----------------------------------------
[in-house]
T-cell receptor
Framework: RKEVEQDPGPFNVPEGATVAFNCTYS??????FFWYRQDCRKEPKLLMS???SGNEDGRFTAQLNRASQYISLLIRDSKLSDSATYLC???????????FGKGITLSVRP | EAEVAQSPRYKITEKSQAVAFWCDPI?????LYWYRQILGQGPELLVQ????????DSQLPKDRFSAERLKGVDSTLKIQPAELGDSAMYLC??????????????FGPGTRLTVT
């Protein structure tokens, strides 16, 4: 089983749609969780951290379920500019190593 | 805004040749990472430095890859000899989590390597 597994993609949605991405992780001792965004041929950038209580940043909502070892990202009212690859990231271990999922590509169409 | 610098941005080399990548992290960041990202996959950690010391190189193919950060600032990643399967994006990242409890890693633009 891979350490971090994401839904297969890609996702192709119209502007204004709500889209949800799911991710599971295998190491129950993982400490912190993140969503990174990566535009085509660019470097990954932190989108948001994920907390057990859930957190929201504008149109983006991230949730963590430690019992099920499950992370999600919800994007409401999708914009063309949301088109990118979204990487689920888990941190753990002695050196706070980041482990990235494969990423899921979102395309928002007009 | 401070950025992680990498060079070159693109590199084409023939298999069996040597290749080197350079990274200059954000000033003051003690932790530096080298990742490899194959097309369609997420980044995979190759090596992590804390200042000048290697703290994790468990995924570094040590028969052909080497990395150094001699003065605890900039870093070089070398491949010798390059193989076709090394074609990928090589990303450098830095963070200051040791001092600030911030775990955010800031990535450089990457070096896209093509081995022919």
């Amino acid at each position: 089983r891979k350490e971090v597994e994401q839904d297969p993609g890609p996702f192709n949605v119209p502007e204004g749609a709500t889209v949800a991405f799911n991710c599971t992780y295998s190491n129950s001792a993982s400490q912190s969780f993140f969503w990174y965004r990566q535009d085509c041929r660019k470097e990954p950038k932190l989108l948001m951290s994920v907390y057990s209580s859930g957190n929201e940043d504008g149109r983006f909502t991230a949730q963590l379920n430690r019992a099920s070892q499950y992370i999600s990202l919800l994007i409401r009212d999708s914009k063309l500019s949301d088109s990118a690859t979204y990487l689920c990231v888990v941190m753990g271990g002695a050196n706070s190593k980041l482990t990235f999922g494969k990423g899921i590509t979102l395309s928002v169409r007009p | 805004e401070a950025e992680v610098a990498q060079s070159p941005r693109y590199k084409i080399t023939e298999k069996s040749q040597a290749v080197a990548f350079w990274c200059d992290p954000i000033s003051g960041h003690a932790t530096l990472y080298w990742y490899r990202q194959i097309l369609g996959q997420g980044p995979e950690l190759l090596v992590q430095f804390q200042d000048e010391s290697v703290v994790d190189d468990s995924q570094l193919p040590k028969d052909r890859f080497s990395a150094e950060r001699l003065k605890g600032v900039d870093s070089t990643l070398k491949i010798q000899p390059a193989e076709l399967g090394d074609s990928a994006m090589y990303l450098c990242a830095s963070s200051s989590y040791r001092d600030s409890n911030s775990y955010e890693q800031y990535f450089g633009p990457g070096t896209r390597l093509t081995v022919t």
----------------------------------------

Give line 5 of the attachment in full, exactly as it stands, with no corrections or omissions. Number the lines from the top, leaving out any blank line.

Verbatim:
């Amino acid at each position: 089983r891979k350490e971090v597994e994401q839904d297969p993609g890609p996702f192709n949605v119209p502007e204004g749609a709500t889209v949800a991405f799911n991710c599971t992780y295998s190491n129950s001792a993982s400490q912190s969780f993140f969503w990174y965004r990566q535009d085509c041929r660019k470097e990954p950038k932190l989108l948001m951290s994920v907390y057990s209580s859930g957190n929201e940043d504008g149109r983006f909502t991230a949730q963590l379920n430690r019992a099920s070892q499950y992370i999600s990202l919800l994007i409401r009212d999708s914009k063309l500019s949301d088109s990118a690859t979204y990487l689920c990231v888990v941190m753990g271990g002695a050196n706070s190593k980041l482990t990235f999922g494969k990423g899921i590509t979102l395309s928002v169409r007009p | 805004e401070a950025e992680v610098a990498q060079s070159p941005r693109y590199k084409i080399t023939e298999k069996s040749q040597a290749v080197a990548f350079w990274c200059d992290p954000i000033s003051g960041h003690a932790t530096l990472y080298w990742y490899r990202q194959i097309l369609g996959q997420g980044p995979e950690l190759l090596v992590q430095f804390q200042d000048e010391s290697v703290v994790d190189d468990s995924q570094l193919p040590k028969d052909r890859f080497s990395a150094e950060r001699l003065k605890g600032v900039d870093s070089t990643l070398k491949i010798q000899p390059a193989e076709l399967g090394d074609s990928a994006m090589y990303l450098c990242a830095s963070s200051s989590y040791r001092d600030s409890n911030s775990y955010e890693q800031y990535f450089g633009p990457g070096t896209r390597l093509t081995v022919t």